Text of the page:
Time For Fall Gardening

Hopefully you all had a successful summer harvest and are ready for Fall planting. One of the advantages of Southern California over the North and the East, is that our mild winters make it possible to plant and grow year-round. Fall is not only a time for garden maintenance and preparation of the soil for spring planting; it is the time to plant for winter and early spring harvests and blooms. Also it is the time to overwinter cool weather hardy crops, and plant cover crops for soil building. Growth during fall and winter slows down. Seeds sown now for spring crops and blooms will encourage the growth of strong roots and foliage, which plants will bear sooner in spring. Timing is an important factor in planting cool weather hardy crops in fall. Your seeds will germinate throughout this season, but it is critical that these plants grow to maturity by Thanksgiving or early December. This is so they do not bolt and go to seed with the coming of the first warm weather in spring.

Soil Prep

Build up your soil: turn over to loosen soil, without overworking it and add compost to amend, water to settle, and then let sit a couple of weeks before planting. Letting the soil sit before planting allows the amendments to fully break down and enrich soil and also is less likely not to burn roots.

Soil needs to be fertilized from nutrients being used up by plants and washed away by rain and irrigation. Crops and annual flowers need fertilizer due to their short, fast growing season. It is best to use a standard complete and slow release fertilizer. Plants need other nutrients along with the macro nutrients Nitrogen, Phosphorus and Potassium (N-P-K). Here in Southern California the soil tends to have Nitrogen deficiencies. However, extra Nitrogen is not needed in winter in order to slow the growth of lots of tender new foliage which could be susceptible to cool temperatures.

To Plant or Not to Plant

Some of us that are not planting may chose to to a cover crop. Cover crops are plants grown to protect or improve the ground for future crops. Keeping soil covered over winter protects it from erosion and helps support all the beneficial life associated with it. It also gives weeds less opportunity to establish, meaning cleaner beds for sowing or planting in spring. Dig the cover crop into the ground at the end of winter and it will rot down to add valuable organic matter, helping to feed the plants that follow. Legumes are a very good cover crop and produce nitrogen rich soil.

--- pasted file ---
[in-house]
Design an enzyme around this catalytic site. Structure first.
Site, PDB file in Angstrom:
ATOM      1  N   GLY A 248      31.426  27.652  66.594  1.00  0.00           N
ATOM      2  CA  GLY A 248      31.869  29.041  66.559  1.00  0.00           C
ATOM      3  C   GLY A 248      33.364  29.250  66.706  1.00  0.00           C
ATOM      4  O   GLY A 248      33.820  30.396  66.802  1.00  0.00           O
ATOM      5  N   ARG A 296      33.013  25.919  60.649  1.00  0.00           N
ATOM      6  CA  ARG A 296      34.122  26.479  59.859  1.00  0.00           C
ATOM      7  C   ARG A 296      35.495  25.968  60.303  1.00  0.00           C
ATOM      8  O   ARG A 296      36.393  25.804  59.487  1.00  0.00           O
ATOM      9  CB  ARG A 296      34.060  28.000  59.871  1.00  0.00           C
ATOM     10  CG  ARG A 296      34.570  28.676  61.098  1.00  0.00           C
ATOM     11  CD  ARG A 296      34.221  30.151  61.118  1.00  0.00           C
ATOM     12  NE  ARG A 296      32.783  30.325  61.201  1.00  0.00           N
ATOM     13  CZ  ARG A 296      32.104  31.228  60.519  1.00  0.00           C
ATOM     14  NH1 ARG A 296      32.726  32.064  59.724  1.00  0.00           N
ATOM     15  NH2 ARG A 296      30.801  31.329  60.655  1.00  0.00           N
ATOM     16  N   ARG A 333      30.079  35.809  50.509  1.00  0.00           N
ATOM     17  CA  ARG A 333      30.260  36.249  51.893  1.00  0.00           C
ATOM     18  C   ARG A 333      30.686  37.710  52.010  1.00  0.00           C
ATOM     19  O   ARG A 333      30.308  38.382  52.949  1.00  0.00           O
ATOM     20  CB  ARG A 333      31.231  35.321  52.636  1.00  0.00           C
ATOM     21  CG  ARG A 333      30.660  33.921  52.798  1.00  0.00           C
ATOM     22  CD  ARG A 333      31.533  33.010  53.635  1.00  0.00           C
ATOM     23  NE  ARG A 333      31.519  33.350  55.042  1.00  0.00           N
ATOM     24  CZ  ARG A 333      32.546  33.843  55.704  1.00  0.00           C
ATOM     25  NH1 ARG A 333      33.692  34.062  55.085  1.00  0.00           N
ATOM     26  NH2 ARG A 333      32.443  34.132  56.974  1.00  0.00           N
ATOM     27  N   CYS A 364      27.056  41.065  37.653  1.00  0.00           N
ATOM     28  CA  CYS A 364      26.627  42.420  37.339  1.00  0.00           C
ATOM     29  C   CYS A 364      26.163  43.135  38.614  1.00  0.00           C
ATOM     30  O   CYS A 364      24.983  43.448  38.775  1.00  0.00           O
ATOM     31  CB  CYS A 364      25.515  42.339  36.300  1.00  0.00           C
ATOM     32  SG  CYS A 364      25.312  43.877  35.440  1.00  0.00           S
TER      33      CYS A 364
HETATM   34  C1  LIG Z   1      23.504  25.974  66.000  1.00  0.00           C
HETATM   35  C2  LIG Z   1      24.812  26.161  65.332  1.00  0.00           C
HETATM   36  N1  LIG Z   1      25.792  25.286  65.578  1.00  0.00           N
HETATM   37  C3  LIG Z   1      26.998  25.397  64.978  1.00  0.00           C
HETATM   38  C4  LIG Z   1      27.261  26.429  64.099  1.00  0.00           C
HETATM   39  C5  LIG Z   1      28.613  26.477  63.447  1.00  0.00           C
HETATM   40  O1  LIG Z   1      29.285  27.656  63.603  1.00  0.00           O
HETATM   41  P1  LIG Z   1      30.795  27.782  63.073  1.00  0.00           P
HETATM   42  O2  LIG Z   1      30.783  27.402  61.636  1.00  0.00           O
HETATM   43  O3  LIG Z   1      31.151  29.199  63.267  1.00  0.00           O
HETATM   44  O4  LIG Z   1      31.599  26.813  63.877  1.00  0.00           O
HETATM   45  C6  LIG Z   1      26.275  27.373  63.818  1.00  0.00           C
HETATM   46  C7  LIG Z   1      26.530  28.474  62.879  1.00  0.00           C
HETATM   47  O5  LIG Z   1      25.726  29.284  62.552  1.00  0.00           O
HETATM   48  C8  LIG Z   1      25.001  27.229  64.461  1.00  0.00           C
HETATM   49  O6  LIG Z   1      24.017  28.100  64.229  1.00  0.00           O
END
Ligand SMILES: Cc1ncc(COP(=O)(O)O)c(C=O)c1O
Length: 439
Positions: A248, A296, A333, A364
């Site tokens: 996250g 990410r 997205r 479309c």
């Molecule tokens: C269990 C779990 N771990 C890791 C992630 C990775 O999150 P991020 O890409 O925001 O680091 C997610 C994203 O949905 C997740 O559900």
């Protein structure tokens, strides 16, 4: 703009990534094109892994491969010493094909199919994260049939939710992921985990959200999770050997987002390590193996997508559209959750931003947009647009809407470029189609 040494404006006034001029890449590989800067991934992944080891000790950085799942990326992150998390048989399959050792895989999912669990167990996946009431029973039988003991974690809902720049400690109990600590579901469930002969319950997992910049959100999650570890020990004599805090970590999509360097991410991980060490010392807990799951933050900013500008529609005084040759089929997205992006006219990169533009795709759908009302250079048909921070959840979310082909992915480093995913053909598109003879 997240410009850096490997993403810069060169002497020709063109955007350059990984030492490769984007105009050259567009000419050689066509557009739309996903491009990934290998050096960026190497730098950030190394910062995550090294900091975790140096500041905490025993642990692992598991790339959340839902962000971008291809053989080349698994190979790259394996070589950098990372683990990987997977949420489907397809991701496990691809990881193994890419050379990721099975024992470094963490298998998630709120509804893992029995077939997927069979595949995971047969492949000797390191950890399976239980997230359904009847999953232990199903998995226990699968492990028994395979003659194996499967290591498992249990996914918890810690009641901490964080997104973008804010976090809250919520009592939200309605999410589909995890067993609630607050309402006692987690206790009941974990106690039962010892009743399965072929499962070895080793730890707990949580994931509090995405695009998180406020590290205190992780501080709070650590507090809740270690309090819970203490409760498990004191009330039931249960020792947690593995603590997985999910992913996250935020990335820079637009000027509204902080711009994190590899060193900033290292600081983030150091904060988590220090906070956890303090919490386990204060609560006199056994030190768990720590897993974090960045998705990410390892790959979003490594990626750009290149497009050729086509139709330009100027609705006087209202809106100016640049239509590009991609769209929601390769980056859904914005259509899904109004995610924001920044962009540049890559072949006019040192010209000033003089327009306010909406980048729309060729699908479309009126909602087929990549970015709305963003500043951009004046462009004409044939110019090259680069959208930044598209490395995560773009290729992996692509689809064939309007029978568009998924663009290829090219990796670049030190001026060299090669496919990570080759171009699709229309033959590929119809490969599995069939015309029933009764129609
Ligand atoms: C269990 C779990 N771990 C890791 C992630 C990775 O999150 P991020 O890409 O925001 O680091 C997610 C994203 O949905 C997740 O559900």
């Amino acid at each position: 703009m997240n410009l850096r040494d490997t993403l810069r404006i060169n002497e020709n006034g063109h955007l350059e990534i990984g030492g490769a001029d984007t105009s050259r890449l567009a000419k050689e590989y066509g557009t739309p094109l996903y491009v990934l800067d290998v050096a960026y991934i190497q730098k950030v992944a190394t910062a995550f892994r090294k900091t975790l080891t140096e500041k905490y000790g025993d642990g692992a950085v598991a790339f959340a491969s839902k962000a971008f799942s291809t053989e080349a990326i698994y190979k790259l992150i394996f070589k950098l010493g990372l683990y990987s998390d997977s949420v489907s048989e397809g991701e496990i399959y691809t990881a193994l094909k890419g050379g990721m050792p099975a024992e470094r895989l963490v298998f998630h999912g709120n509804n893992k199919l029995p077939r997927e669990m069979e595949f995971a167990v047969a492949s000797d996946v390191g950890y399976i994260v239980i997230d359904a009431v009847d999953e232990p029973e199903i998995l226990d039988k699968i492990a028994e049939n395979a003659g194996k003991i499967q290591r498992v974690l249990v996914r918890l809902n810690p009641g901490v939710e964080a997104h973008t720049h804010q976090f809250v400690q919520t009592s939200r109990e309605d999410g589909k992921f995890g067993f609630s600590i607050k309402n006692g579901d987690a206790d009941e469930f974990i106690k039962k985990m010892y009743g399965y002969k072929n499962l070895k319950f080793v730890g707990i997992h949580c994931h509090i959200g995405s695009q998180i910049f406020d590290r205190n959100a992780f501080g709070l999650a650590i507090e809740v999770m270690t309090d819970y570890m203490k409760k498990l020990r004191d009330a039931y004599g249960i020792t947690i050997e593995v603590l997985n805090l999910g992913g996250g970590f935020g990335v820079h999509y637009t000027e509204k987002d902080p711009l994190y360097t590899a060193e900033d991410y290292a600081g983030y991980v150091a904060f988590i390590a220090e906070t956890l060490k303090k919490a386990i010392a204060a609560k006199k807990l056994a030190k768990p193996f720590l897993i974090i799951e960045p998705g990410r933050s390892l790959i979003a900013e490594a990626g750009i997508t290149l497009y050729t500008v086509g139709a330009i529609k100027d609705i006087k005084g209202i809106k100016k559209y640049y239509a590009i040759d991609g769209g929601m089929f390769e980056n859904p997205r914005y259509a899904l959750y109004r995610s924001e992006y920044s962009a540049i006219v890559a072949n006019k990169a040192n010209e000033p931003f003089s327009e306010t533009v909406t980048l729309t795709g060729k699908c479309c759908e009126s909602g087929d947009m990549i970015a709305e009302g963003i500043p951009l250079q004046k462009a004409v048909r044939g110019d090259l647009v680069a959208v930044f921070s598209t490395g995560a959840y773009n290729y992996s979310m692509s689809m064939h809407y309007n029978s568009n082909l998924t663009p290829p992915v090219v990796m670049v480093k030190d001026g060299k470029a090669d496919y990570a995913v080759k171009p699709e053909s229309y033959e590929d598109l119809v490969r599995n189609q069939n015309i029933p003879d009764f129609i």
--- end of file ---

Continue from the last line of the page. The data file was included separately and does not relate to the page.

Here is a great article about cover crops https://www.mnn.com/your-home/organic-farming-gardening/stories/how-nitrogen-fixing-plants-can-perk-your-garden

If you are planting, you can plant lettuce, Brussels sprouts, cabbage, broccoli, bok choy, Swiss chard, kale, celery, onions, garlic, peas and spinach. Turnips, carrots and radishes are best grown from seeds. Radishes are great fun to plant with children because they grow so quickly.

A nice trick (especially with leafy crops) is to plant in succession. That means plant some now, some more in two weeks, more two weeks later etc. If you do that you will be harvesting throughout the season. When harvesting pick some but not all of the leaves and your plant will continue to grow more lettuce, arugula etc.

If you are looking for something new and fun to grow. Garlic! This is an awesome crop and easy too. Get some good quality garlic cloves… those are your seeds. Plant them in the ground and in the summertime you will have fresh garlic. Each head has lots of cloves so… lots of new heads of garlic.

Happy Gardening!
Mary Church

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